This protocol describes a method to site-specifically cleave proteins using chemicals upon insertion of the appropriate tag into the cleaving proteins. It can be applied to water soluble as well as membrane proteins with efficiency comparable to enzymes. The fact that chemicals can be used to replace enzymes in this method highlights the unique aspects of this technology. The cleavage can be achieved within a day upon obtaining target proteins. Detailed technical aspects of this method will be discussed in this protocol.
Protein cleavage, cleavage tag, chemical cleavage, nickel ion
Current biocompatible protein cleavage can only be achieved using various proteases including Tobacco Etch Virus protease, thrombin protease, etc.1 However, enzymatic protein cleavage may not be ideal method to achieve protein cleavage. The enzymes added often desired to be removed. Enzymes can be prohibitively expensive, especially when producing large amount of proteins. For therapeutic protein production involving enzymatic cleavages, quality control of enzymes is also required. At last, enzymatic cleavages often fail, especially for membrane proteins when the enzyme substrates locate near membrane blocking enzyme access. Here we developed a strategy to chemically cleave proteins under biocompatible conditions with efficiency comparable to enzymes. We name this technology SNAC-tag as sequence-specific chemical protein cleavage. SNAC-tag can be inserted into unstructured protein regions and Ni2+ can then be used to site-specifically cleave SNAC-tag at room temperature within 24 hours.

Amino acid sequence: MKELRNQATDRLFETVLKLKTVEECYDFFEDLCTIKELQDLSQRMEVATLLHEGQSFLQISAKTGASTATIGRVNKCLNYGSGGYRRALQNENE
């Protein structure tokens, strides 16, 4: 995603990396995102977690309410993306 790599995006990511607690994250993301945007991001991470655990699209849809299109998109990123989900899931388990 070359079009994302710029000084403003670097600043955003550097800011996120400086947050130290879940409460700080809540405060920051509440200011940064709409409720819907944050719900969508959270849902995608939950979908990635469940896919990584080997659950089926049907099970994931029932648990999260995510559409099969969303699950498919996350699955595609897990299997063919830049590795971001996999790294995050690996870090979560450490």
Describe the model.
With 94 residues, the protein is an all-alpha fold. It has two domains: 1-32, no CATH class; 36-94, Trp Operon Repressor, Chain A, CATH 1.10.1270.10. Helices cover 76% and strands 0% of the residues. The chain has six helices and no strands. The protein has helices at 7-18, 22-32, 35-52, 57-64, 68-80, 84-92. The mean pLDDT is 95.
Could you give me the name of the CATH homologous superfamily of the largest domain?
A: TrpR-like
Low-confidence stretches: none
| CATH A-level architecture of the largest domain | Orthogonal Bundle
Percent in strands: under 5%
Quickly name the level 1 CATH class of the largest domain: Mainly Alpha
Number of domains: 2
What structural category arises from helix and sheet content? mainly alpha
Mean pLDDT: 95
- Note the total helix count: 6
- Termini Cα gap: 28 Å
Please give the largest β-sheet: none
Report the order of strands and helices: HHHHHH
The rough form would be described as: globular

All reagents were used without further treatment. DNA primers were obtained from Integrated DNA Technologies (IDT). Protein expression were done using pET28a plasmid as backbone. One Shot BL21(DE3) Chemically Competent E. coli., LB Broth Base, NuPAGE MES SDS Running Buffer (20X), Ni-NTA Agarose, UltraPure Agarose were purchased from Thermo Fischer Scientific. EZ-Vision® In-Gel Solution was purchased from VWR. Plasmid Miniprep kit, PCR purification kit were purchased from Qiagen. Gibson 2x master mix was purchased from New England Biolabs (NEB). Imidazole, Trisaminomethane (Tris), N-Cyclohexyl-2-aminoethanesulfonic acid (CHES), 4-(2-hydroxyethyl)-1-piperazineethanesulfonic acid (HEPES), Sodium Chloride (NaCl), Acetone Oxime, Nickel Chloride (NiCl2), Guanidine hydrochloride, Tris(2-carboxyethyl)phosphine hydrochloride (TCEP), DL-Dithiothreitol (DTT), Amicon Ultra 0.5 mL centrifugal filters MWCO 3 kDa were purchased from Sigma-Aldrich. N,N-Dimethyldodecylamine N-oxide (LDAO), N-Dodecyl-N,N-dimethyl-3-ammonio-1-propanesulfonate (C12 Betaine), Triton X100 were purchased from Sigma-Aldrich. Fos-choline-12 (DPC), Decyl β-D-maltopyranoside (DM) were purchased from Anatrace. Sodium dodecyl sulfate (SDS) was purchased from Calbiochem, IPTG (isopropyl β-D-1-thiogalactopyranoside) was purchased from Genesee Scientific Corporation. Precast NuPAGE 4-12% Bis-Tris polyacrylamide protein gels were purchased from Invitrogen.
DNA gels were visualized under UV, protein gels were imaged on Bio-Rad ChemiDoc MP imaging System.